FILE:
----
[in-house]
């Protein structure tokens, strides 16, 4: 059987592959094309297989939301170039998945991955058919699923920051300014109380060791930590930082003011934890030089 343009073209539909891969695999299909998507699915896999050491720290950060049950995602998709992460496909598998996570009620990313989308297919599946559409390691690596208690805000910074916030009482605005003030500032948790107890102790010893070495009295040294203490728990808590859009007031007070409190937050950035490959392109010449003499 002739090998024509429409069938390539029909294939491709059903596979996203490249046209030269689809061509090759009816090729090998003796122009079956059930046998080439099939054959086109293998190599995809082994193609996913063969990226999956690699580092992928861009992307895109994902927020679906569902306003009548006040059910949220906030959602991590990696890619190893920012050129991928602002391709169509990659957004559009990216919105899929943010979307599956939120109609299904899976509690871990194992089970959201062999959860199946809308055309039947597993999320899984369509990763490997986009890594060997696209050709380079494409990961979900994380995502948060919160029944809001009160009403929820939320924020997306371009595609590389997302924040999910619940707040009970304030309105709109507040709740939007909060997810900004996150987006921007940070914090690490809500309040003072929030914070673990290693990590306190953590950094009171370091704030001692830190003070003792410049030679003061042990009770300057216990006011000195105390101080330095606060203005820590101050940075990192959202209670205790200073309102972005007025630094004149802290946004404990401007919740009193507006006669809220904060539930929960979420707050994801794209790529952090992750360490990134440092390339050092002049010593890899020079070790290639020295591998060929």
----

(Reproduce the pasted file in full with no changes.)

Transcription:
[in-house]
């Protein structure tokens, strides 16, 4: 059987592959094309297989939301170039998945991955058919699923920051300014109380060791930590930082003011934890030089 343009073209539909891969695999299909998507699915896999050491720290950060049950995602998709992460496909598998996570009620990313989308297919599946559409390691690596208690805000910074916030009482605005003030500032948790107890102790010893070495009295040294203490728990808590859009007031007070409190937050950035490959392109010449003499 002739090998024509429409069938390539029909294939491709059903596979996203490249046209030269689809061509090759009816090729090998003796122009079956059930046998080439099939054959086109293998190599995809082994193609996913063969990226999956690699580092992928861009992307895109994902927020679906569902306003009548006040059910949220906030959602991590990696890619190893920012050129991928602002391709169509990659957004559009990216919105899929943010979307599956939120109609299904899976509690871990194992089970959201062999959860199946809308055309039947597993999320899984369509990763490997986009890594060997696209050709380079494409990961979900994380995502948060919160029944809001009160009403929820939320924020997306371009595609590389997302924040999910619940707040009970304030309105709109507040709740939007909060997810900004996150987006921007940070914090690490809500309040003072929030914070673990290693990590306190953590950094009171370091704030001692830190003070003792410049030679003061042990009770300057216990006011000195105390101080330095606060203005820590101050940075990192959202209670205790200073309102972005007025630094004149802290946004404990401007919740009193507006006669809220904060539930929960979420707050994801794209790529952090992750360490990134440092390339050092002049010593890899020079070790290639020295591998060929």